What I Love about America

What I Love about America

Do you remember as a kid having an argument with a sibling or a friend and when they tried to stop you from doing something you responded: Hey, it’s a free country! Those words, if we truly examine them, are incredible words that even as children we so took for granted. Because yes, we were living in a free country and most of us could roam our neighborhoods or fields and vacant lots with impunity–a gift we took for granted. It’s just one of the reasons why I LOVE AMERICA.

Today, as adults, our freedoms still exist, though for some there are challenges. But because we are celebrating the 240th birthday of the United States of America, I wanted to list some things about my country that I love. (And a nod to TIME MAGAZINE who did the exact same thing in this weeks issue.)

There is not a particular order to my list, except that when creating it, I started from childhood and then moved on.

  • Vaccines. I love that as a child my pediatrician provided me with the vaccines which were available at the time.The MMR (measles, mumps and rubella) was NOT available, and so I had to experience all of those illnesses and they can be dangerous. But because polio raced through the country affecting many children with death and paralysis, a vaccine was created and was immediately made available to me and my brothers. Anti-vaccinators today need to realize what a relief it was for my mother to know her children were protected.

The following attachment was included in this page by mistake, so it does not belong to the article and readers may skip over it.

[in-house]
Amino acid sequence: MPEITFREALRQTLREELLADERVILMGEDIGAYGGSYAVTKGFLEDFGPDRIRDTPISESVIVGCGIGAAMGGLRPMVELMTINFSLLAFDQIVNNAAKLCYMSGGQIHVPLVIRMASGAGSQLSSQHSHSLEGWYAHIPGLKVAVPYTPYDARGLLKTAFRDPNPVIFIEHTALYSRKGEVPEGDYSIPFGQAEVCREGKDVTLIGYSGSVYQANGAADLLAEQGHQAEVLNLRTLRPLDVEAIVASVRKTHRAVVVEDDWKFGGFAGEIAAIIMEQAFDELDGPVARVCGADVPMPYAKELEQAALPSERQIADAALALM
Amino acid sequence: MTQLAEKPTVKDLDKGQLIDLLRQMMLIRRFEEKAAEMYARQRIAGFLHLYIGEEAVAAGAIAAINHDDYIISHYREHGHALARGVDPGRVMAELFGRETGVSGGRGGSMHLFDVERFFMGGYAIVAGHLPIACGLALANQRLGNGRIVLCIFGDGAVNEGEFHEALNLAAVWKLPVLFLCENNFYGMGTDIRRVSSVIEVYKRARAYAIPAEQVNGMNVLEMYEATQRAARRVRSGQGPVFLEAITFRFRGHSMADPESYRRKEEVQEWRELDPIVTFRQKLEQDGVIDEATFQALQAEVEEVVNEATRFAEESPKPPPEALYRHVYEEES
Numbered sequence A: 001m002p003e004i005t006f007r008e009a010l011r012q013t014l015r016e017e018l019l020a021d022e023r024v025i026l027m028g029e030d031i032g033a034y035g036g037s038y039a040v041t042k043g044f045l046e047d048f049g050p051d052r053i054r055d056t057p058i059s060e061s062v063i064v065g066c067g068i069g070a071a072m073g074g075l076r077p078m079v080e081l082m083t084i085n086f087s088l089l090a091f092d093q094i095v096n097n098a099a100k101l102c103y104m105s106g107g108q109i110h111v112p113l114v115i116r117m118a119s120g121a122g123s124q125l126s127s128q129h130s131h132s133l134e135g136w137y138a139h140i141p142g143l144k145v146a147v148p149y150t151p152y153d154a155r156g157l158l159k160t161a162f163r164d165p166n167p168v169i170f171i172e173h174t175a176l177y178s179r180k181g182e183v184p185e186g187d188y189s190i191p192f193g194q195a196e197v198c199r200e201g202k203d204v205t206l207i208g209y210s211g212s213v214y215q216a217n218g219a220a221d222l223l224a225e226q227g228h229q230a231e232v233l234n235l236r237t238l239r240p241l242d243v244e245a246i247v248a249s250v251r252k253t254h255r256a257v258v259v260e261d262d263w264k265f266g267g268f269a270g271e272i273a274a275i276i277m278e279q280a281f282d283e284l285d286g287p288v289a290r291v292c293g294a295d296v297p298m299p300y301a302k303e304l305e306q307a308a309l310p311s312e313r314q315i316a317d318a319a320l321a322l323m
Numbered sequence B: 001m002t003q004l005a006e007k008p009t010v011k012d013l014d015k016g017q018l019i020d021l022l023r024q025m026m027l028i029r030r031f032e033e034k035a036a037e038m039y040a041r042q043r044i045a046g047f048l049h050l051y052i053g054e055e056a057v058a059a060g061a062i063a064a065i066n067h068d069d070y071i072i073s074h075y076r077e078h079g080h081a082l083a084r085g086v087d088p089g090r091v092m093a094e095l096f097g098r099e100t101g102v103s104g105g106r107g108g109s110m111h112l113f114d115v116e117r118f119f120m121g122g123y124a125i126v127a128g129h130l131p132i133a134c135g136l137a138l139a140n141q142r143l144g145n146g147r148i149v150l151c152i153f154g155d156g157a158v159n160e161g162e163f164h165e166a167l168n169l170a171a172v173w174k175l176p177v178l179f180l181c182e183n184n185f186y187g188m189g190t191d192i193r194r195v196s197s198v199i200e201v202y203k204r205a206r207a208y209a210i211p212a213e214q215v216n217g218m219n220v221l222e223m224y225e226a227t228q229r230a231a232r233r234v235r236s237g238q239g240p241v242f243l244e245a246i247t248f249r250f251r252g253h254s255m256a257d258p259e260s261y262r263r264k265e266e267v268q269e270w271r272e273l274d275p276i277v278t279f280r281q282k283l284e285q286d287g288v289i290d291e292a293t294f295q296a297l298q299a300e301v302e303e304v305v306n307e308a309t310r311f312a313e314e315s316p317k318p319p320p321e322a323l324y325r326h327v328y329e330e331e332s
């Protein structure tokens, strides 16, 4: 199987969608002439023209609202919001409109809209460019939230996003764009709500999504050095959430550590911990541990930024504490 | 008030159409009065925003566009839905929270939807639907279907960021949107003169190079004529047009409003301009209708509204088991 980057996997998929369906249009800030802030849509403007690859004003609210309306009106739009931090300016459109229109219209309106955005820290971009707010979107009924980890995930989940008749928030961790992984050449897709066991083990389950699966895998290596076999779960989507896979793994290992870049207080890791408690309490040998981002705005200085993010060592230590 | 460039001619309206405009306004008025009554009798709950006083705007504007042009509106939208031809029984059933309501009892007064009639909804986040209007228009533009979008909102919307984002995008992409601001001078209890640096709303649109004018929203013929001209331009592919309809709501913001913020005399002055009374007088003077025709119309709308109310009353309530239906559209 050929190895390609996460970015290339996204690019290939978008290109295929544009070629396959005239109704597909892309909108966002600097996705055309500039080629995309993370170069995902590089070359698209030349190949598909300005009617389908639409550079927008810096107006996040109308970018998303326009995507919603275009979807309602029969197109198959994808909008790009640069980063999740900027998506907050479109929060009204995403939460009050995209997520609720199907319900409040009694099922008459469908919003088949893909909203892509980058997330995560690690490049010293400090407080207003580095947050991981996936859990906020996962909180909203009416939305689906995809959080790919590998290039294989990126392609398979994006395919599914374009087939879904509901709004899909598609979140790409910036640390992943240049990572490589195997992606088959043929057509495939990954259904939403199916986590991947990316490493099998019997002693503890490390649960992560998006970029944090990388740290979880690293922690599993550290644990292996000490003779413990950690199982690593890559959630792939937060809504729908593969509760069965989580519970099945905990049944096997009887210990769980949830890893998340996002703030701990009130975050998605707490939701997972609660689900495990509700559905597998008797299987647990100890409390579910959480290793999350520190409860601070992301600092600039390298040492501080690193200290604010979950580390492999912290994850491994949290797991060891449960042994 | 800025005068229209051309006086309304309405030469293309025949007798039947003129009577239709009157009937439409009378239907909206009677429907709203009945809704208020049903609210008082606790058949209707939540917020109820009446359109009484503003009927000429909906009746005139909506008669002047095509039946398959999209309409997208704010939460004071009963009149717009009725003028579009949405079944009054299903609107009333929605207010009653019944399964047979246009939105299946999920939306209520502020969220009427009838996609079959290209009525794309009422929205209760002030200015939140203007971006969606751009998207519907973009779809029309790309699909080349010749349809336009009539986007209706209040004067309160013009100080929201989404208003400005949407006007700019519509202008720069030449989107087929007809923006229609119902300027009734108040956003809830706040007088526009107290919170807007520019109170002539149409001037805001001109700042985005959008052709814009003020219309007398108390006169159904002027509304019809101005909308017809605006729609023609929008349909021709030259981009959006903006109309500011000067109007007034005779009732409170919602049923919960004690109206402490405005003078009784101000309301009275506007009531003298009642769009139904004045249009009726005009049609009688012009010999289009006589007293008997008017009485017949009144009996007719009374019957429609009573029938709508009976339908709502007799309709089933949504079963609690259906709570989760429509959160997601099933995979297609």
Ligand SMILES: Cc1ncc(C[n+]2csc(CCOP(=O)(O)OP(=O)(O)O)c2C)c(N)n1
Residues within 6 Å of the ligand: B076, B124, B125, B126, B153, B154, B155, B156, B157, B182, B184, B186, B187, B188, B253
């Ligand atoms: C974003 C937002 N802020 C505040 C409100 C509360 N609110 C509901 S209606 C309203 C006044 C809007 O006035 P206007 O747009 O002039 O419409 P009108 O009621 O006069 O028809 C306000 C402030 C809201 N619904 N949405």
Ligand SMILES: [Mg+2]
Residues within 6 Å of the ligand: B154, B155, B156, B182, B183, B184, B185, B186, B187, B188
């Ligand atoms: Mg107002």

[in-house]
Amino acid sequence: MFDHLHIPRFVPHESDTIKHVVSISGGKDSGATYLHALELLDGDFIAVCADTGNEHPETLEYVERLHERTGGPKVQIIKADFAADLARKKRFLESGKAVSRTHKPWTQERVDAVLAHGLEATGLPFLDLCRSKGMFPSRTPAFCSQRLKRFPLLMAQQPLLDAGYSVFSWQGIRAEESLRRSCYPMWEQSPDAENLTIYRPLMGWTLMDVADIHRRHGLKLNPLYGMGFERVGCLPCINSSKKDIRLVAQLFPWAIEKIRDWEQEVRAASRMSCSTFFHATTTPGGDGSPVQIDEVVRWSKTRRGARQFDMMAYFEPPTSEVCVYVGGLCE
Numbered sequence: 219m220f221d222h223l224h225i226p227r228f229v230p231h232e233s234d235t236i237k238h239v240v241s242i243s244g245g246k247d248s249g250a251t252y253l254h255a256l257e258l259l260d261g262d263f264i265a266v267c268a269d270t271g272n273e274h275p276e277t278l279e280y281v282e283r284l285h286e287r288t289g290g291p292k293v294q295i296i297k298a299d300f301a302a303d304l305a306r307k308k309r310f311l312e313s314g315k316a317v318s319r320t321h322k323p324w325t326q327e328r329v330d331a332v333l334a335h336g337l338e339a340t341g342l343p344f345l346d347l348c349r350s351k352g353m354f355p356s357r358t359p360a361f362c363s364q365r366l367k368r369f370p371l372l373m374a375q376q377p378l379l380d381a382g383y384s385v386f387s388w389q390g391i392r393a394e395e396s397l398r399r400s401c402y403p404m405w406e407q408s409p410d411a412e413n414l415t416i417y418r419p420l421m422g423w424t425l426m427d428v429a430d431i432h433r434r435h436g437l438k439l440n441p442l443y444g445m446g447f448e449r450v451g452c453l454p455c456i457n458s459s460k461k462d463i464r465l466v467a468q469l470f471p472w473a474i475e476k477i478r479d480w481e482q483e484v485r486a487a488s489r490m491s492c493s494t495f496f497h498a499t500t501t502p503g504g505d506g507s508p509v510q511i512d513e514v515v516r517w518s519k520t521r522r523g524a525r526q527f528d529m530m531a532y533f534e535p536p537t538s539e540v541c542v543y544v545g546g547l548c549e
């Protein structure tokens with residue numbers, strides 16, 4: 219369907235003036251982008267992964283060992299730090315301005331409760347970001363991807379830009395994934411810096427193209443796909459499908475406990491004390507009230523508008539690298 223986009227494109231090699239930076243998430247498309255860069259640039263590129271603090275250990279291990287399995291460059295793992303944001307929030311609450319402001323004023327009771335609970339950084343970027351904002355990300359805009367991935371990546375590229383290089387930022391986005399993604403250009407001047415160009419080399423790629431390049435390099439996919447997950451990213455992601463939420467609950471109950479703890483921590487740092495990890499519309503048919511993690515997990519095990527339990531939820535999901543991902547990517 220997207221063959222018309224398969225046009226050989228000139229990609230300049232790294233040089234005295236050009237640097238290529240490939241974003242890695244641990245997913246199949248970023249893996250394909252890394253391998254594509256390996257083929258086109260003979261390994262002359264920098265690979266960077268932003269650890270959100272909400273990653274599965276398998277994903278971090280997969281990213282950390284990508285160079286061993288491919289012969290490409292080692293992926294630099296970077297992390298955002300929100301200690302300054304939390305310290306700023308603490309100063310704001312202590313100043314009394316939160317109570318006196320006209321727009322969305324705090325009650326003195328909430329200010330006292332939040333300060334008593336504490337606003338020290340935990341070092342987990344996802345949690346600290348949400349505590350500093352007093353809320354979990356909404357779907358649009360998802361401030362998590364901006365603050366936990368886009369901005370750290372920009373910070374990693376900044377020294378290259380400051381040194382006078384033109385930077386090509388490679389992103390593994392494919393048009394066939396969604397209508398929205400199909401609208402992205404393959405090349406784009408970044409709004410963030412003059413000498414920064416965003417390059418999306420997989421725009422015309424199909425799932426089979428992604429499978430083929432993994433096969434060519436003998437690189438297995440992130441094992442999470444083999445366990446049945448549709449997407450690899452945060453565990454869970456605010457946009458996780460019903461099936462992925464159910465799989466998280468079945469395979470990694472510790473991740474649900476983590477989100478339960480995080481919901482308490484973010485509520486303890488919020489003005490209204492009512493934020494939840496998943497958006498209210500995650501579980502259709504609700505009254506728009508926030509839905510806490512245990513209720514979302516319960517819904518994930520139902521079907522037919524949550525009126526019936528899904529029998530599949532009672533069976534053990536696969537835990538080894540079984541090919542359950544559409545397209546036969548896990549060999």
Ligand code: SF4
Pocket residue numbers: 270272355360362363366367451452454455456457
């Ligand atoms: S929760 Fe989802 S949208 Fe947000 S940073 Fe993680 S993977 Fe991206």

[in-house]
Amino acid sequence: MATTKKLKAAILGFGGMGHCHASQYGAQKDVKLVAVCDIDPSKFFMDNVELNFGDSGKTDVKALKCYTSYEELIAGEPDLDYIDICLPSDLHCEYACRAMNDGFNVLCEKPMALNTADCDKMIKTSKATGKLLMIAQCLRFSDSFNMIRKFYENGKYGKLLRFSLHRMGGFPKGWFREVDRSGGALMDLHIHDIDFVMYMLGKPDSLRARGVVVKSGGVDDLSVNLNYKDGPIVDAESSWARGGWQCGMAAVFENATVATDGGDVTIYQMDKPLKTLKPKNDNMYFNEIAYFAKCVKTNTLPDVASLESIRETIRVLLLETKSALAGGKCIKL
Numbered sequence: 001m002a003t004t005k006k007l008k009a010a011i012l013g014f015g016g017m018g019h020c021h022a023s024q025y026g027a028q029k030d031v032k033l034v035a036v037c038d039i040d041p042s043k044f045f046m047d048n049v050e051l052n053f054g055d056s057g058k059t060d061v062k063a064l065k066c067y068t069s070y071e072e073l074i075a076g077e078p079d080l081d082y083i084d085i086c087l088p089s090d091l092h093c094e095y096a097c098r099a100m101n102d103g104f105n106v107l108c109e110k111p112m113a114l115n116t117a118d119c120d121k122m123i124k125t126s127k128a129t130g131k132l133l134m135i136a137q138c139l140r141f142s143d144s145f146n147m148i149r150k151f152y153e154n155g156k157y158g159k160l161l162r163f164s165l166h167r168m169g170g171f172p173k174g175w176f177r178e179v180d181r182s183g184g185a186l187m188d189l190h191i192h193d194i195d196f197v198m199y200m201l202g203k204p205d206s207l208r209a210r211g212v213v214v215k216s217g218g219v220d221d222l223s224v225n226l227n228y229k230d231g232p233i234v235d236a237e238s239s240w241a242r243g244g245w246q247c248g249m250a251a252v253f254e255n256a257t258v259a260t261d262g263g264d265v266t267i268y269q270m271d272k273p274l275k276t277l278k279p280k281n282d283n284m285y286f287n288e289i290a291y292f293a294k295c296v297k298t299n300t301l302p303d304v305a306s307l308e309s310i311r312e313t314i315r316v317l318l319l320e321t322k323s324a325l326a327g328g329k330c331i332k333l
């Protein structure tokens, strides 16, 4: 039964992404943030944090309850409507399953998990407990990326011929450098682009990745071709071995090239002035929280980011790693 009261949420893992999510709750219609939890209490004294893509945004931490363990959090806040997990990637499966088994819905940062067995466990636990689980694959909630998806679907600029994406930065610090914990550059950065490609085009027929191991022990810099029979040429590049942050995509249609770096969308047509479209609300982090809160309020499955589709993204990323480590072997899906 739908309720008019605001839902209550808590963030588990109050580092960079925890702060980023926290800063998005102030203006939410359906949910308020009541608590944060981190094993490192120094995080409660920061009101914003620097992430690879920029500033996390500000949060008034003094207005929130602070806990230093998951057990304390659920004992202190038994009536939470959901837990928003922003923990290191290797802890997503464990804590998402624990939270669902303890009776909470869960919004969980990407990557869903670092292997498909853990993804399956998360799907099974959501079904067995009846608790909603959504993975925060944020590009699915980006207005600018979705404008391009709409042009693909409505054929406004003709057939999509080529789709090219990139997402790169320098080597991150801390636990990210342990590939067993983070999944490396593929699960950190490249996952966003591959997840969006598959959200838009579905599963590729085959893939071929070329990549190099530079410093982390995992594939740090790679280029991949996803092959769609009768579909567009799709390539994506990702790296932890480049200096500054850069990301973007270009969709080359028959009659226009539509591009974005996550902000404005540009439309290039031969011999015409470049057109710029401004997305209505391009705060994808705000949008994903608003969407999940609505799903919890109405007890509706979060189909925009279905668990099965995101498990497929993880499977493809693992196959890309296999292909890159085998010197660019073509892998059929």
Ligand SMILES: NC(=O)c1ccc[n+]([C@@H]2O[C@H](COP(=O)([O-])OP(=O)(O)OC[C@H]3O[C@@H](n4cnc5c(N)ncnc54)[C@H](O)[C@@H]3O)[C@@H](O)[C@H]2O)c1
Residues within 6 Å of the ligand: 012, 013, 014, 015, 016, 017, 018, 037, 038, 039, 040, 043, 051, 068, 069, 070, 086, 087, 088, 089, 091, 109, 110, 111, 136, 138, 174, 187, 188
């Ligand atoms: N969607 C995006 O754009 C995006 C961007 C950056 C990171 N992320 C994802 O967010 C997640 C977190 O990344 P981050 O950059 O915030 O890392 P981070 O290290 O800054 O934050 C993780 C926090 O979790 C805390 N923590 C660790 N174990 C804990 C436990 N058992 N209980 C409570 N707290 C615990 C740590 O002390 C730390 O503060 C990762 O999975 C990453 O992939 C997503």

• Backyards, sidewalks and porches. Growing up, we spent most of our playtime outside. In any weather. Imagination fueled that play. We didn’t need any expensive equipment to keep occupied. A white dish towel provided me with a cape–so that I could be Snow White. My brother and I played Davy Crockett and shared one coon-skin cap that a generous relative provided. WE MADE STUFF UP–it was and should still be the American way.
  • Public transportation and my bike. If we weren’t walking half miles or more to get to the candy store, the park, a friend’s house–we took the 103rd Street bus and transferred to get to the beach. We had a pocketful of quarters to get us there. Or we often biked–no helmet in those days. And summer jobs? The Rock Island Train was always my ticket to downtown Chicago where I worked in the file department of an insurance agency through some of high school and all of college. Now living in California, I wish public transportation was more easily accessible. The state is working on it.
  • The opportunities for single woman. My mother was widowed with three children, yet forged an opportunity to care for us and work and pay the bills. It got easier as the years went on and women were given more power in the workplace. My two single aunts both had Master’s Degrees and thus acquired excellent jobs in publishing that allowed them to golf and travel abroad. In some countries, my life would have been buried in poverty without a father, a male in the household.
  • Public education. Though I attended private schools, I became a teacher and fell in love with public education. The soft landings in my life did not apply to many children in the high school where I taught, so being a part of that experience made me value what good teachers and administrators and school boards can do to help an entire community and it’s future workers, parents and children.
  • Advancing medical science and research. This American gift has profoundly affected my life. Good medical care (and for much of my adulthood that meant HMO’s and PPO’s through my husband’s employment) allowed me to have healthy children, experience the birthing and newborn care of those children in a fully staffed and well run hospital. It has also meant access to advances in the care of cancer and is the reason my husband is still alive today. Thank you medical research and dedicated doctors and nurses of all persuasions who contribute daily to LIFE.